Seniors and People with Disabilities up to 100% FPL
States can chose to expand Medicaid to seniors and people with disabilities whose income exceeds the SSI limit but is below the federal poverty level ($1,133 per month for an individual in 2022).14 The federal maximum income limit for this pathway is 100% FPL.15 States also can choose to apply an asset limit to this pathway. The asset limit is typically the SSI amount of $2,000 for an individual and $3,000 for a couple, though it can be higher at state option.
Family Opportunity ACt Children with Disabilities
The Family Opportunity Act (FOA) pathway provides another option for states to cover children with significant disabilities living at home. These children must meet SSI medical disability criteria and can have family income up to 300% FPL ($5,758 per month for a family of three in 2022).16 Assets are not considered when determining a child’s FOA eligibility. Unlike the Katie Becket pathway which only considers the child’s own income, the FOA option considers household income. The FOA pathway only requires SSI medical disability criteria, while the Katie Beckett option also requires an institutional level of care. Under the FOA option, states are permitted to charge premiums equal to no more than 5 percent of the family’s monthly gross countable income (up to $288 per month in premiums for a family of 3 with income at 300% FPL, $5,758 per month in 2022). FOA children can be covered through the state plan option or through a waiver that covers a similar population while deviating from state plan eligibility rules.
Section 1915 (i) HCBS for people at risk of institutional care
States can elect the Section 1915 (i) pathway to provide Medicaid eligibility to people at risk of institutional care. The ACA amended Section 1915 (i) to create an independent pathway to Medicaid eligibility.17 This allows states to provide full Medicaid benefits to people who are not eligible through another pathway and who meet the Section 1915 (i) financial and functional eligibility criteria.18 Specifically, states can cover (1) people with income up to 150% FPL ($1,699 per month for an individual in 2022) with no asset limit who meet functional eligibility criteria; and/or (2) people with income up to 300% SSI who would be eligible for Medicaid under an existing HCBS waiver. Section 1915 (i) functional eligibility requires people to have needs that are less than what is required to qualify for an institutional level of care, which enables states to offer HCBS as preventive services in efforts to delay or foreclose the need for costlier future care or institutionalization. Like HCBS waivers, states can target Section 1915 (i) services to a particular population. Unlike HCBS waivers, states are not permitted to cap enrollment or maintain a waiting list for Section 1915 (i) Medicaid eligibility. However, states can manage enrollment under Section 1915 (i) by restricting functional eligibility criteria if the state will exceed the number of beneficiaries that it anticipated serving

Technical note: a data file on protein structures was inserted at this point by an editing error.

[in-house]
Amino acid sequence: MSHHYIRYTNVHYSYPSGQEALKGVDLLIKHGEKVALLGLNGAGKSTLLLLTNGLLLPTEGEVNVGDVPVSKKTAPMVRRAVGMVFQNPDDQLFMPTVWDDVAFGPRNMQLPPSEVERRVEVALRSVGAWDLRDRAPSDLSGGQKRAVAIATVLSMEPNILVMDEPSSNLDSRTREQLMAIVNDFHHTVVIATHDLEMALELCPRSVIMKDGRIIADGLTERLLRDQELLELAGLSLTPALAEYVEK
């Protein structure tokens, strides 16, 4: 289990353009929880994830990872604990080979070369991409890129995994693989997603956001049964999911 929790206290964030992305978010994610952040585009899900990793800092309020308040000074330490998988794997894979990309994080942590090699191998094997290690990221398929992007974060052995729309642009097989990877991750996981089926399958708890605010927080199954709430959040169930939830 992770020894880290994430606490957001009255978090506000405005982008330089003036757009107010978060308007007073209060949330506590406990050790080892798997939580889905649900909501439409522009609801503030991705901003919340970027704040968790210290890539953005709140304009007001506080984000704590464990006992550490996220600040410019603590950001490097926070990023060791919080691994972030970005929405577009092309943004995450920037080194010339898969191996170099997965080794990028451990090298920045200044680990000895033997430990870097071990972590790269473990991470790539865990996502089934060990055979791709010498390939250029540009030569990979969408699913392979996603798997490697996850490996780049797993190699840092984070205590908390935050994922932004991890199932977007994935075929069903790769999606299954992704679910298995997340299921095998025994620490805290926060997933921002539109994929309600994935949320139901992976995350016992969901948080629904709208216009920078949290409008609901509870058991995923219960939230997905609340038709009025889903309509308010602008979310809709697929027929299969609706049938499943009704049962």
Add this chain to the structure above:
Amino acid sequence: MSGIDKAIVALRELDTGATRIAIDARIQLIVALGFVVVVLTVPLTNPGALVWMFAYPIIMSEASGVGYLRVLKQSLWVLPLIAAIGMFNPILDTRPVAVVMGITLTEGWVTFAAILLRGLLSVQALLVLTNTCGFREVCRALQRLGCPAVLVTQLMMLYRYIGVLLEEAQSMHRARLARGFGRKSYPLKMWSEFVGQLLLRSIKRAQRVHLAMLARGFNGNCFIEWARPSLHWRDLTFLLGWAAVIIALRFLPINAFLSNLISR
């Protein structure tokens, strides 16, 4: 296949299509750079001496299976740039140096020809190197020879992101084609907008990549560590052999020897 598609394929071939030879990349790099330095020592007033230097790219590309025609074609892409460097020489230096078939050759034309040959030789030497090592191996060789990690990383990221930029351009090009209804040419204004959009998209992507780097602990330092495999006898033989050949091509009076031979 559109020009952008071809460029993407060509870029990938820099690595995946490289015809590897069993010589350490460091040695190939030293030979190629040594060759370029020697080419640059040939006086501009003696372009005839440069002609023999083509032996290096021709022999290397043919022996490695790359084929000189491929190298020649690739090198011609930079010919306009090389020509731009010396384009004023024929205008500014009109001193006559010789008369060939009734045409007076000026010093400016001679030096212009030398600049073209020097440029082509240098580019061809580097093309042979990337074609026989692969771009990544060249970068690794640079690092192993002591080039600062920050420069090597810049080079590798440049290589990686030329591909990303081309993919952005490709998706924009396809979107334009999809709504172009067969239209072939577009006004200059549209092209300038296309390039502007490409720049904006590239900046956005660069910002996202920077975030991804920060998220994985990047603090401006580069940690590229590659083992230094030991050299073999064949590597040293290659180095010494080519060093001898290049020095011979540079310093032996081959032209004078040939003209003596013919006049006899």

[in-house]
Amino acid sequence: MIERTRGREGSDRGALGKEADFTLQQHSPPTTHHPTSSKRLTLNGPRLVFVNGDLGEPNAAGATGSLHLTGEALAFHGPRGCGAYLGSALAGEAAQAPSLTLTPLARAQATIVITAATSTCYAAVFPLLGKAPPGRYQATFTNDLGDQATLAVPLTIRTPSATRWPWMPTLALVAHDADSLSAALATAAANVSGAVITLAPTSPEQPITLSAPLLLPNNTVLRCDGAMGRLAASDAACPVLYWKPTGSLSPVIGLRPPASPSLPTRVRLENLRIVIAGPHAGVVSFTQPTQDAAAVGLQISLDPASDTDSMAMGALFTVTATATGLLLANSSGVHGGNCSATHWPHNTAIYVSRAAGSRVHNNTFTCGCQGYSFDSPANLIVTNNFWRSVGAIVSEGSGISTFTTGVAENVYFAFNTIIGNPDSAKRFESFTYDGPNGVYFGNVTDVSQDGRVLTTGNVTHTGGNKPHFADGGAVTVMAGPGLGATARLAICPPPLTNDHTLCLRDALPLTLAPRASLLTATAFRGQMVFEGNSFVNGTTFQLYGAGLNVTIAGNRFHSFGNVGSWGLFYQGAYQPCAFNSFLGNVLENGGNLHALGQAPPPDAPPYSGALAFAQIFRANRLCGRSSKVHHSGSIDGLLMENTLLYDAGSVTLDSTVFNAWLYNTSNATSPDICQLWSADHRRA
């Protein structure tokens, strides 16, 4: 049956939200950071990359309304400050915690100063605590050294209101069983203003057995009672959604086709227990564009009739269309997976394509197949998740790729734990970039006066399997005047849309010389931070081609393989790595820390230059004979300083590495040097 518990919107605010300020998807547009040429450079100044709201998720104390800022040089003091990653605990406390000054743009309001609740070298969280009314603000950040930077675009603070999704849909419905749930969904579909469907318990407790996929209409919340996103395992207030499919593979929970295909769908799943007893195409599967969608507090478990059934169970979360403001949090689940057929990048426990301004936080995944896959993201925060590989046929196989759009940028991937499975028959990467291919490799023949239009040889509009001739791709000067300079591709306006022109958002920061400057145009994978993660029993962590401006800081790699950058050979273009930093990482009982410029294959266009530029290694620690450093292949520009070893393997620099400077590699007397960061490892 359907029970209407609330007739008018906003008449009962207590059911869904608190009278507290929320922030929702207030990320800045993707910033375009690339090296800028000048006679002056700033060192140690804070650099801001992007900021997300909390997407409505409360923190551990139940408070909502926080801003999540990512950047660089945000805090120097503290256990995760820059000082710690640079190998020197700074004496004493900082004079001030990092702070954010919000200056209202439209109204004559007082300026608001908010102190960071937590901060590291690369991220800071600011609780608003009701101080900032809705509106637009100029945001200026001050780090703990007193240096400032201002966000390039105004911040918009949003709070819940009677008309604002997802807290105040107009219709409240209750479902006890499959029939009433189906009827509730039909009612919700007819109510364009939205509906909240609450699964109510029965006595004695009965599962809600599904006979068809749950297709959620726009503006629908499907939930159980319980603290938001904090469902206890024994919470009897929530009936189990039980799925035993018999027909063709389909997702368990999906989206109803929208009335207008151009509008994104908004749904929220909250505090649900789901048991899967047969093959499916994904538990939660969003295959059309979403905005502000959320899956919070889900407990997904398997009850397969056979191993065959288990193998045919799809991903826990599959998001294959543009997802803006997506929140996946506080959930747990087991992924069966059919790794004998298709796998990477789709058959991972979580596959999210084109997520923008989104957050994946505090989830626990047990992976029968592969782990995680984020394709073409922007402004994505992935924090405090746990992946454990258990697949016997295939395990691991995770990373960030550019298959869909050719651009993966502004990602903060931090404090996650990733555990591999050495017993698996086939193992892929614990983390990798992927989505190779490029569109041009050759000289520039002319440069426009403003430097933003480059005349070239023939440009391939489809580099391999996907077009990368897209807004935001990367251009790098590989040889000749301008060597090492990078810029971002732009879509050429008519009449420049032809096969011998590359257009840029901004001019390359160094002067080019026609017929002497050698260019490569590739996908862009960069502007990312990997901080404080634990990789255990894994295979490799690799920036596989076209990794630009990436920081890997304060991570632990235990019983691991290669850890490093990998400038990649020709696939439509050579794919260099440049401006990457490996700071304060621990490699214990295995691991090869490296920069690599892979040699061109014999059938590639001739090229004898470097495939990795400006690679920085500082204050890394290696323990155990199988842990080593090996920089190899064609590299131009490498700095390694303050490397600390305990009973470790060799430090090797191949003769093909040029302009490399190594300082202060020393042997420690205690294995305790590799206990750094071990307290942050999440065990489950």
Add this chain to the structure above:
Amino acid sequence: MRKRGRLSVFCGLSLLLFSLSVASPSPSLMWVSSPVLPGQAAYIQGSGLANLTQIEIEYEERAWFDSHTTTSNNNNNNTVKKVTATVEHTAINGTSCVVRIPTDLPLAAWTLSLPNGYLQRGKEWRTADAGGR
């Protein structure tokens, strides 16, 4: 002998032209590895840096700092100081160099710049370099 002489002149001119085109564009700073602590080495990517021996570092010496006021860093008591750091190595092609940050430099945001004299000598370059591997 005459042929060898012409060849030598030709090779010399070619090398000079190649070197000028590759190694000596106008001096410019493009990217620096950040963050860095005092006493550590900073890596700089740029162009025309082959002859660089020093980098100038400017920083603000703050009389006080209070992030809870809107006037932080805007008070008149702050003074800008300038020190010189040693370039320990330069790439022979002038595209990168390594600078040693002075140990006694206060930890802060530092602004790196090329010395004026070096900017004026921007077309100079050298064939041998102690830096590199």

State Options to Expand Medicaid LTSS Financial Eligibility
Medicaid LTSS include nursing home and other institutional services as well as home and community-based services (HCBS). Medicaid remains the primary payer for LTSS, as Medicare does not cover long-term care, private insurance coverage is limited, and out-of-pocket costs often are unaffordable. Medicaid also is an important source of federal funds to support states in meeting their community integration obligations under the Americans with Disabilities Act and the Olmstead decision.19
Special income rule